The great gatsby

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Chapter Notes
 Point
of View – The way the authors allows the
reader to “see” and “hear” what is going on
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First person – The story is told from the perspective
of a single narrator
 Narrator
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– The person telling the story
Is the narrator reliable or unreliable?
How can one tell?
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Interactions with other characters
Judgments that fit our own
What does the character see as important?
What does the character reveal about himself?
 Voice
– The specific diction and tone that the
author chooses for the piece of writing
 Example:
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"Dearest reader, I humbly entreat you to eschew
the latest celebrity tittle-tattle and instead
devote your attention to diction and tone."
"Listen up! Drop the gossip magazine and get
with the diction/tone program!”
What’s the difference here?
 The
way that an author uses descriptive
language including dialogue to give a
character personality traits in a text.
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Indirect characterization – When an author uses
dialogue and actions to teach the reader
something about the character. (Example: You
learn through the characters speaking to one
another that one of them is lying. Therefore, you
judge that character is dishonest.)
Direct characterization – When an author tells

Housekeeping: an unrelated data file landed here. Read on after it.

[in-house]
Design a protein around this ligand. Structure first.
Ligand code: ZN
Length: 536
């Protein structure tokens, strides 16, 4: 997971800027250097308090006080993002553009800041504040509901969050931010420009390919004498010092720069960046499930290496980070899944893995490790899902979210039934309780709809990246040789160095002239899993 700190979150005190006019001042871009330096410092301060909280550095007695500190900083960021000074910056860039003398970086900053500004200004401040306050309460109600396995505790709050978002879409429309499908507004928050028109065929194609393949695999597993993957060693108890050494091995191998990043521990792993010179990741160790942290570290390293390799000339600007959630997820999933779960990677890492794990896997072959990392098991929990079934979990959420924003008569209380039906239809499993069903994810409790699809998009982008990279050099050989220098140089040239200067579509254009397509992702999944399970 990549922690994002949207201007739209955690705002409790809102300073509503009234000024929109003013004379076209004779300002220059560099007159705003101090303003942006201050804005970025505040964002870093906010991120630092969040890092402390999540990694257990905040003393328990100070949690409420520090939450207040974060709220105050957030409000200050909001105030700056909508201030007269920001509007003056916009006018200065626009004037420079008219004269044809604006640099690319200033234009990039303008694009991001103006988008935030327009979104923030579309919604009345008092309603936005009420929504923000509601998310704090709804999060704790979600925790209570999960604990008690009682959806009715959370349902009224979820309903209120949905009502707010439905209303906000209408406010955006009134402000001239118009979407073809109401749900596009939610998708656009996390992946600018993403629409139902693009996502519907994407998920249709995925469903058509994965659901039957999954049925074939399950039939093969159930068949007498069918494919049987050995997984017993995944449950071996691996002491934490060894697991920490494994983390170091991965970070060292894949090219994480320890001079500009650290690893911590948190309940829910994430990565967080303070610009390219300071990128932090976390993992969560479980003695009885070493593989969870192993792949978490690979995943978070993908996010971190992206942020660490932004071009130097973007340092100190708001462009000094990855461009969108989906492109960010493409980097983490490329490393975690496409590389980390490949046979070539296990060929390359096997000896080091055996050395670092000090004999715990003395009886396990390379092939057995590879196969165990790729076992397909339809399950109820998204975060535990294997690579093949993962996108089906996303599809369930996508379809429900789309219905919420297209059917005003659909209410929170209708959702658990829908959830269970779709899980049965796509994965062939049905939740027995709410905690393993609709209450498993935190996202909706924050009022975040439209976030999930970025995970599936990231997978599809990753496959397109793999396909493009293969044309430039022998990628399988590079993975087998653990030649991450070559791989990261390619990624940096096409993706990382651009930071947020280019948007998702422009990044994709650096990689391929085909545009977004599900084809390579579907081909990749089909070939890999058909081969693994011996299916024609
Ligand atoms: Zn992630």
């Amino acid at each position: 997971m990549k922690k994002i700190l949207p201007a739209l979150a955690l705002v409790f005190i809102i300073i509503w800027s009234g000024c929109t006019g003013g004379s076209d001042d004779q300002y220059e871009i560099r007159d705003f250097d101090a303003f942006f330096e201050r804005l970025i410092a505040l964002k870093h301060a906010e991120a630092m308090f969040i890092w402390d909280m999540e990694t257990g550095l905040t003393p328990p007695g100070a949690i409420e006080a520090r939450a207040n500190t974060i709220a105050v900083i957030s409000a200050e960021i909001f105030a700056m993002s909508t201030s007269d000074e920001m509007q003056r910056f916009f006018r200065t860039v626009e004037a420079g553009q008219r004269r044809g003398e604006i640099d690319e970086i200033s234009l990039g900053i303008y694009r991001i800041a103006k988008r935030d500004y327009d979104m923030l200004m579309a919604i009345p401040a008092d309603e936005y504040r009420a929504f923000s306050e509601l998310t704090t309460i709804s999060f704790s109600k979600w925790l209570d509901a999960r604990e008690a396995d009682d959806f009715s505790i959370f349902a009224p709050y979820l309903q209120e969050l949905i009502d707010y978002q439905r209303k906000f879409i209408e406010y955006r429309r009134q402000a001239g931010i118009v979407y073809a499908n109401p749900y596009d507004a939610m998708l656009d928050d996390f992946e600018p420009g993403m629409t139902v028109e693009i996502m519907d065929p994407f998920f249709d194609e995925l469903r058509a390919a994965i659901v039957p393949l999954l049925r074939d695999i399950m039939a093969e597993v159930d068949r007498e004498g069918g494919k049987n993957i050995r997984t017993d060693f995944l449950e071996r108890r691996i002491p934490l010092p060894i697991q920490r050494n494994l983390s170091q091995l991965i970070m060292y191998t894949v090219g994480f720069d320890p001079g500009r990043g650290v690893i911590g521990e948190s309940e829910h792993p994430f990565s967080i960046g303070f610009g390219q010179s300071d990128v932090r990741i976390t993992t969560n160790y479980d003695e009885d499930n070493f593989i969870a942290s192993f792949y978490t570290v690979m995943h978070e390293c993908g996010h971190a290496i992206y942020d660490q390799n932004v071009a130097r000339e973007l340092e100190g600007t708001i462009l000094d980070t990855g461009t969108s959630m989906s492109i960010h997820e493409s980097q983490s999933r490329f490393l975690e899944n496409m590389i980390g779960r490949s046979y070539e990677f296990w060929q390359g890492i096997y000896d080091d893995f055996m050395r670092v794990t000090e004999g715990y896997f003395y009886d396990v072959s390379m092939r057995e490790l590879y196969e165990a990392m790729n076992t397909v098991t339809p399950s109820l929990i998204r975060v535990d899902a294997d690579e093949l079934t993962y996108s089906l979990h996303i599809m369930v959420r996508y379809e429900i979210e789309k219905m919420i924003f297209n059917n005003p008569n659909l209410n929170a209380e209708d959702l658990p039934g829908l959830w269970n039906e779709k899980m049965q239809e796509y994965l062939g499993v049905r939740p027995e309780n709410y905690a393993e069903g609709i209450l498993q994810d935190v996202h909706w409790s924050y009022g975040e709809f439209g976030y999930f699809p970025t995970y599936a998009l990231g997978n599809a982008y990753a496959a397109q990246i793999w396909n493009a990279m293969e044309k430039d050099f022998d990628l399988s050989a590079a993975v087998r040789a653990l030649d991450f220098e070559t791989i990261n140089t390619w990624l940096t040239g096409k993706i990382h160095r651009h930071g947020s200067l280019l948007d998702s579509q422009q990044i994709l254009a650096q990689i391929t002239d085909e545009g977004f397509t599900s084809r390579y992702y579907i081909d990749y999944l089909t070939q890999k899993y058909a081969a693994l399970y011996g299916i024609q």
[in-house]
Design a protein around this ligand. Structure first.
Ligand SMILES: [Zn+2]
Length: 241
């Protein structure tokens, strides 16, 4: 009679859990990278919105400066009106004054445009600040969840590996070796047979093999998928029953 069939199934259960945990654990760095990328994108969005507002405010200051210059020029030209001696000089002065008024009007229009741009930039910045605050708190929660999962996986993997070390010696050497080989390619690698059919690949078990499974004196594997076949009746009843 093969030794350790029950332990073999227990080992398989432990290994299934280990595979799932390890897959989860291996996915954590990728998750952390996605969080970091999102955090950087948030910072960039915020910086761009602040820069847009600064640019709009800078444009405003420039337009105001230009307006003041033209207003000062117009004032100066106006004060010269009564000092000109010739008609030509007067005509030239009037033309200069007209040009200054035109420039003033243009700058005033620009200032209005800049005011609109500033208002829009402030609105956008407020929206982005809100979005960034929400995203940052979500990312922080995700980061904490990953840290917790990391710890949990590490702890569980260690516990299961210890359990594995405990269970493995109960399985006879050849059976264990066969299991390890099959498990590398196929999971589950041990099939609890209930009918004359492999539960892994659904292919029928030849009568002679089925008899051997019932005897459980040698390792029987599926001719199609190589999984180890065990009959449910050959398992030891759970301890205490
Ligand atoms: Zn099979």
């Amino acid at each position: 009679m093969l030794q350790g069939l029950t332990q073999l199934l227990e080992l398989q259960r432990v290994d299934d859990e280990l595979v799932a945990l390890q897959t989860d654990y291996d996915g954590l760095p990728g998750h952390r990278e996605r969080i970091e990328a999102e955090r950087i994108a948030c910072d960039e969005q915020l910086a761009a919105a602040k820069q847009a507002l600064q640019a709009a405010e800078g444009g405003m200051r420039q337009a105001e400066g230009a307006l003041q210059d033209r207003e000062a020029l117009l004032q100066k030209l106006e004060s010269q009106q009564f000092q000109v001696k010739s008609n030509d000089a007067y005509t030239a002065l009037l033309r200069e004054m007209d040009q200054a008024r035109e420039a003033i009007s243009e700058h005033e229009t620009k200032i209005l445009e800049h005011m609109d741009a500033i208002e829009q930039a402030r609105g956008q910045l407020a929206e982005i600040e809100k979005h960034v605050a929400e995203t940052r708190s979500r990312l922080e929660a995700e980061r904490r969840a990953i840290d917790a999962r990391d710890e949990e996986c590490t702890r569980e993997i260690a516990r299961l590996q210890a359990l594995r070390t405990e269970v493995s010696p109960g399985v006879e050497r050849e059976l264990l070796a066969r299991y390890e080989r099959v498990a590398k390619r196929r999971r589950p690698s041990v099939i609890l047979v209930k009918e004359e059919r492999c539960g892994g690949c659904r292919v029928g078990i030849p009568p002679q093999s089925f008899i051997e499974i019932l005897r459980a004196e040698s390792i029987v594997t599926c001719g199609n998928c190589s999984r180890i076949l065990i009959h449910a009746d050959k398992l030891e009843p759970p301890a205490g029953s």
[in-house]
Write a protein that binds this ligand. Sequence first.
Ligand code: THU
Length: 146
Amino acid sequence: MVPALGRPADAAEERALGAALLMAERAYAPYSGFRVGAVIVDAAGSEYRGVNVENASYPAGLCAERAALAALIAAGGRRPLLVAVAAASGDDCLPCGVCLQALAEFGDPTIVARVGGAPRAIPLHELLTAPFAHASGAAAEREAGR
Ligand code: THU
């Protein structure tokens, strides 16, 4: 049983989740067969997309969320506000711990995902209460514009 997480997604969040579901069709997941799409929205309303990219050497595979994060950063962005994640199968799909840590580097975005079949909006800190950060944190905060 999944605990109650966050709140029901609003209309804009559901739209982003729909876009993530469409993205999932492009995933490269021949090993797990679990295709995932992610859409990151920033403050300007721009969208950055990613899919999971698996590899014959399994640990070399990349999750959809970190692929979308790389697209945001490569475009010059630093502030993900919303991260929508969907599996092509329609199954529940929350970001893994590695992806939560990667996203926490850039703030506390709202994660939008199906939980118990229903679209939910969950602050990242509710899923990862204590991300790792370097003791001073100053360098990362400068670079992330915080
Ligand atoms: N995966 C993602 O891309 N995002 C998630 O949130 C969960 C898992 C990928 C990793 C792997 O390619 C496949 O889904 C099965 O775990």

you about the character. (Example: The author
tells you what the character looks like.)
 Historical
Context – Time period in history
when a work take place
 Setting – The time and place where the
action occurs
 The historical context and setting plays an
important role in the plot, setting and
character development through out The
Great Gatsby – It already has!
Nick says…
 “The Carraways are something of a clan, and we
have a tradition that we are descendents from
the Duke of Buccleuch…”
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What does this say about Nick’s heritage? How does
this relate the setting?
“I lived at West Egg, the – well, less fashionable
of the two, though this is a most superficial tag
to express the bizarre and not a little sinister
contrast between them.”
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How does he feel about West Egg being the “less
fashionable”? Does he agree?
Why does he use “bizarre” and “sinister” to describe the
contrast between the two communities?
Flashback is when a story starts at a certain
place in time and then reverts to the past.
Example: The narrator (Nick) starts the novel
telling the reader that he is going to recount
the events that lead up to his
disillusionment. Then, he starts the story
from a past event (when he first moved to
West Egg).
An allusion is a reference to something that
the reader should already have in their frame
of reference.
Example: Nick refers to “New Haven” – This is
where Yale is located. I know this so I know
he went to college at Yale.
The author is alluding to something that he
assumes the reader already knows. It’s an
allusion!
A paradox is something that appears
contradictory in nature.
Example: Daisy – She throws the dinner party
with Nick and *seems* happy – Laughing,
teasing, relaxing…But really, she is unhappy
because she knows Tom is cheating on her.
Motifs are recurring structures, contrasts,
or literary devices that can help to
develop and inform the text’s major
themes.
**This always makes me think of interior
decorating!
Motifs in Gatsby to look for:
 Colors
 Cars/Driving
Theme = topic + author’s opinion on the topic
A Theme is the fundamental and often
universal idea explored in a literary work.
Topics for themes in Gatsby:
 Self
Discovery
 Hope
 Reality vs Illusion
 Realization of The American Dream